Forcing a Muslim to eat pork

The tactic of person-first advocates is their consistent usage of the words “should,” “must,” “have to,” and “need to,” among others. The imperative rhetoric gives the impression that everyone is required to use whatever language they prefer, disregarding personal preference.

That would equal to telling:

  • a Muslim or a Jew (or a “person with Islamic faith” or a “person with Judaic beliefs,” to “appease” person-first advocates) that “they should eat pork”;
  • a Hindu (or a “person with Hinduism”) that “they have to eat beef”;
  • a Mormon (or a “person with Latter-Day Saint membership”) that “they need to drink coffee at Starbucks”;
  • a vegan (or a “person with veganism”) that “they must eat meat” (even vegans are guilty of this, since they also impose to meat-lovers, or “persons with carnivorous palates” that “they should not eat meat”);
  • an atheist (or a “person with no belief in God”) or a non-Christian/non-Muslim/non-[insert religious adjective here] (or a “person without Christianity/Islam/[insert religion here]”) that “they have to convert to Christianity/Islam/[insert religion here]” (trust me, many church members are guilty of this); and
  • the possibilities are endless, but this pretty sums up much of what I want to say.

One autistic self-advocate commented on my blog, and I agreed with them on this:

To be frank, I have NEVER seen an identity first advocate tell a person first advocate that they SHOULD stop using person first language, the way person first advocates are always throwing around the word SHOULD. Please don’t tell me what I should call myself. It’s rude.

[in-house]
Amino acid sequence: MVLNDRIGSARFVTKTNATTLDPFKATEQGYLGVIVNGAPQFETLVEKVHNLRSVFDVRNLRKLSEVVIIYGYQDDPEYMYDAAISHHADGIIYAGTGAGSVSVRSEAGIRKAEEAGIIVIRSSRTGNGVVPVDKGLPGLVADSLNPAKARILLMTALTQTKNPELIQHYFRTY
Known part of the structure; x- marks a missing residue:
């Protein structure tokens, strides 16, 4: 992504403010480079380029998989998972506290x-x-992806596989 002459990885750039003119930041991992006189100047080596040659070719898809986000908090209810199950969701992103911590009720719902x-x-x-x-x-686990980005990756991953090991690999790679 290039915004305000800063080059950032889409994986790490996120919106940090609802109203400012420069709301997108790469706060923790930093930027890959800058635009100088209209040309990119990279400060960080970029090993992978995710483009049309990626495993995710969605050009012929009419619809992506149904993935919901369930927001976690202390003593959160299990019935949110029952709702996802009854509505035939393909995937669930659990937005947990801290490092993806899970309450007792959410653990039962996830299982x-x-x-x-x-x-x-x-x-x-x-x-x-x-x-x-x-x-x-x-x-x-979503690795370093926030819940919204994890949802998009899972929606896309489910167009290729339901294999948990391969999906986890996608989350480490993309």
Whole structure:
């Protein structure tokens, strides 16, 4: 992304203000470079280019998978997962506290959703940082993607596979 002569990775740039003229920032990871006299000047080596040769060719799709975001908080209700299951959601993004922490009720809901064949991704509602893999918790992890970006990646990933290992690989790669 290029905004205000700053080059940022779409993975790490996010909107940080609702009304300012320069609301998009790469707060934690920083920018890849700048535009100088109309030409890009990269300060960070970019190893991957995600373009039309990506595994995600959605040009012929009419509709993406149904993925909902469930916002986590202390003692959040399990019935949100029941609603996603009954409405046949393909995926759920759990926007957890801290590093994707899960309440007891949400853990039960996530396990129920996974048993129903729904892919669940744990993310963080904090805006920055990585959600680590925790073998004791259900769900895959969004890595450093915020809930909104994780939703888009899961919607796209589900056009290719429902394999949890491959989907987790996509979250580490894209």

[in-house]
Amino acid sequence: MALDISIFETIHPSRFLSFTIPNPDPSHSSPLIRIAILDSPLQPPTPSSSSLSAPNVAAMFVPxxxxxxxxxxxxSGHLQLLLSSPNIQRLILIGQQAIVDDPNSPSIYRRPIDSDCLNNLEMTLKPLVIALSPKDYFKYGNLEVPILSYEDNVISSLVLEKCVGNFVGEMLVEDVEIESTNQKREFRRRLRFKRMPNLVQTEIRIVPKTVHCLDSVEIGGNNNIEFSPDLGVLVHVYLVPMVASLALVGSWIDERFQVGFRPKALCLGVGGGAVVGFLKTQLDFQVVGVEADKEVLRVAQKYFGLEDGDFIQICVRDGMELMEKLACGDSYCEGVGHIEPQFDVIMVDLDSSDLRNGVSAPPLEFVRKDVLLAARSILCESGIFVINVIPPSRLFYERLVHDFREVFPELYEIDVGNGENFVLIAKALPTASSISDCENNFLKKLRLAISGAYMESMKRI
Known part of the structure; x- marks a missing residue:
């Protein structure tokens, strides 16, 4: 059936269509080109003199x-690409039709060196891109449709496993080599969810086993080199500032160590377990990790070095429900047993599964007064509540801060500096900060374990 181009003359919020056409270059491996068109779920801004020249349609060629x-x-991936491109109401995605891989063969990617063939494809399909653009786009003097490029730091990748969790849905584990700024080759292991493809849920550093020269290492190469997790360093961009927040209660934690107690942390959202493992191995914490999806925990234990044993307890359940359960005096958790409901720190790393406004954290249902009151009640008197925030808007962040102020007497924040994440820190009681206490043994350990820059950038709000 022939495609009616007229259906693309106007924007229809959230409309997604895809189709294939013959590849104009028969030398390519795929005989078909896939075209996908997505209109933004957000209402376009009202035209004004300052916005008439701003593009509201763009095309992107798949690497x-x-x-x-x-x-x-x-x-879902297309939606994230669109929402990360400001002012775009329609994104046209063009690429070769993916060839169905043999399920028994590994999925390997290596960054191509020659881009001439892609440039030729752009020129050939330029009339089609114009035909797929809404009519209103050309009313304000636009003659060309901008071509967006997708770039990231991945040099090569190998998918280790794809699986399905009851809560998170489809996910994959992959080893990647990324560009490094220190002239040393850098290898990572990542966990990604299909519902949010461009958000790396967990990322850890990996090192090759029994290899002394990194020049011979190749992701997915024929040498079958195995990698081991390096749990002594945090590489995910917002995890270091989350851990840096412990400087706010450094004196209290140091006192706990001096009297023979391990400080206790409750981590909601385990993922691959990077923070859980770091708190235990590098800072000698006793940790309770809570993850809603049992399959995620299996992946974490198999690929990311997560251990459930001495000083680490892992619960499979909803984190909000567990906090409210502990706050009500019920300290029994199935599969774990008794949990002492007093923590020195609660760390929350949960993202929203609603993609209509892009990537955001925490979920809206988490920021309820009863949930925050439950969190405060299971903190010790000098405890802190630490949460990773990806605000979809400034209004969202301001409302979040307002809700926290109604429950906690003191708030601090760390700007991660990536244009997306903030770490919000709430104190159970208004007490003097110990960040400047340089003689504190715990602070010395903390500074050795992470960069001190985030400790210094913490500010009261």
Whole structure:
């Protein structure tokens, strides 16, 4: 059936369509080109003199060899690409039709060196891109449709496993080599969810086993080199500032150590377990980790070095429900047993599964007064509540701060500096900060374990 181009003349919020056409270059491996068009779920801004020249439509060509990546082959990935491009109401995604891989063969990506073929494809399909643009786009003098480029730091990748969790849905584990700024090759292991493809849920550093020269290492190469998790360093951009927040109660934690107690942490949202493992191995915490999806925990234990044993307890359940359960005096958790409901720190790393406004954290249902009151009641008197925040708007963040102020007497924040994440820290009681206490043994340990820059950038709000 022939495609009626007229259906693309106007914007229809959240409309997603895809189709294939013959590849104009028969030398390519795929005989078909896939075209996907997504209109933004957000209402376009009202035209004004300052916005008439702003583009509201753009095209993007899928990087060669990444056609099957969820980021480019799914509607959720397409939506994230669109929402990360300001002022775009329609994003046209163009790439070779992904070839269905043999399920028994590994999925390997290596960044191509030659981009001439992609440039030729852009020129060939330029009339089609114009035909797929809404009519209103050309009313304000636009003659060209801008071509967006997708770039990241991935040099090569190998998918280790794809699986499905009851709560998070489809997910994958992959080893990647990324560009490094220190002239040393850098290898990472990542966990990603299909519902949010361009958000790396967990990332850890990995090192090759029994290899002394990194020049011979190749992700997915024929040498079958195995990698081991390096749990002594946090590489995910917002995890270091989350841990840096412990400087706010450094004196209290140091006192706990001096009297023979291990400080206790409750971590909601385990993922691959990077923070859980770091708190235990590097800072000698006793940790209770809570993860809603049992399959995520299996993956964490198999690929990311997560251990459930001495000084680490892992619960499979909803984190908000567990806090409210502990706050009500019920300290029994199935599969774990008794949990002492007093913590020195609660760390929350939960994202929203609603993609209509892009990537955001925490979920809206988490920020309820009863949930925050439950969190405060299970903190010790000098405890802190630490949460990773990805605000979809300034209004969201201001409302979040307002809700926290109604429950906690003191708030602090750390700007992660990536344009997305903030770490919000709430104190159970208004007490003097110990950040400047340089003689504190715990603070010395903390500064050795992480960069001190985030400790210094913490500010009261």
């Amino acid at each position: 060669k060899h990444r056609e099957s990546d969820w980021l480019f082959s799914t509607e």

I’ll admit, I’m an identity-first language advocate, but like many of my fellow self-advocates, who are adherents to identity-first, I don’t resort to compelling people to use identity-first language the way person-first advocates do. Sure, I may throw in upfront a few rationales or reasons why I opt to use it and why it is a better choice, but is not so insidious compared to how person-first advocates force everyone (autistic and non-autistic alike) to use such nomenclatures, often without even asking us autistic people.

The Deaf community’s triumph

I applaud the Deaf community in reclaiming the word “deaf” and actually use it to refer to themselves. Why can’t the autism advocacy community learn from this victory and those of other disability communities?

I mean, can’t you people just ask at least what we want to use (without you even prodding us what to say)? And if the autistic individual has no means to communicate proficiently (I don’t think so in some cases —  they may not be able to speak, but they at least can think — what are augmentative and alternative means of communications for?), why not try asking those who can communicate better and understand your language?

I am expecting people, especially person-first advocates, to tell me something like “Can’t you write about something else and quit blasting us on what we advocating for?” and “You’re splitting the Filipino autism community apart!” Well, I am no clean kettle, but you’d be a pot calling the kettle black if you would tell me that. Don’t worry, I’ll be on a great article, but at this point, let me tell you what I have to say. And don’t worry, I don’t (and won’t) shove my personal choices onto you the way you guys do. I’ll do it the more ethical way: getting us autistics (people for whom are being advocated, and can also advocate) together and telling other autism advocates (people who advocate for us) what we really want and need, without the need for imperative rhetoric.